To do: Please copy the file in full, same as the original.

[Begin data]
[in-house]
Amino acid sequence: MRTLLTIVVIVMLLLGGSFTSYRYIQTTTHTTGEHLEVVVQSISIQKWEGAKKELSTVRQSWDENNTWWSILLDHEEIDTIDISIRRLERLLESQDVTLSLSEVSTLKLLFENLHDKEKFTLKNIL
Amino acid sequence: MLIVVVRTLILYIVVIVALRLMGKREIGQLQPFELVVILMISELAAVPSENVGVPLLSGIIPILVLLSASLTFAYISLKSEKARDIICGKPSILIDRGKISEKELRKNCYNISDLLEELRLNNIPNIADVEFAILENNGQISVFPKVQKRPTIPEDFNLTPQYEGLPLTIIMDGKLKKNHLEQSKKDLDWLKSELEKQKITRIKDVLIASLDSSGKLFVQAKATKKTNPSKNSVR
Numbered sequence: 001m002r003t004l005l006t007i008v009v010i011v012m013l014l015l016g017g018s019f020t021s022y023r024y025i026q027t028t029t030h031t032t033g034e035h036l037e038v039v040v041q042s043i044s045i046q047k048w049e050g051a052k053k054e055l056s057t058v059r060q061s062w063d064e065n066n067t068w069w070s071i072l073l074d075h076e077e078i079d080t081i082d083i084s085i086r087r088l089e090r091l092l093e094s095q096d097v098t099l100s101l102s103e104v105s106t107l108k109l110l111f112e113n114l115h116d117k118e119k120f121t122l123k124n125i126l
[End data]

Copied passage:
[in-house]
Amino acid sequence: MRTLLTIVVIVMLLLGGSFTSYRYIQTTTHTTGEHLEVVVQSISIQKWEGAKKELSTVRQSWDENNTWWSILLDHEEIDTIDISIRRLERLLESQDVTLSLSEVSTLKLLFENLHDKEKFTLKNIL
Amino acid sequence: MLIVVVRTLILYIVVIVALRLMGKREIGQLQPFELVVILMISELAAVPSENVGVPLLSGIIPILVLLSASLTFAYISLKSEKARDIICGKPSILIDRGKISEKELRKNCYNISDLLEELRLNNIPNIADVEFAILENNGQISVFPKVQKRPTIPEDFNLTPQYEGLPLTIIMDGKLKKNHLEQSKKDLDWLKSELEKQKITRIKDVLIASLDSSGKLFVQAKATKKTNPSKNSVR
Numbered sequence: 001m002r003t004l005l006t007i008v009v010i011v012m013l014l015l016g017g018s019f020t021s022y023r024y025i026q027t028t029t030h031t032t033g034e035h036l037e038v039v040v041q042s043i044s045i046q047k048w049e050g051a052k053k054e055l056s057t058v059r060q061s062w063d064e065n066n067t068w069w070s071i072l073l074d075h076e077e078i079d080t081i082d083i084s085i086r087r088l089e090r091l092l093e094s095q096d097v098t099l100s101l102s103e104v105s106t107l108k109l110l111f112e113n114l115h116d117k118e119k120f121t122l123k124n125i126l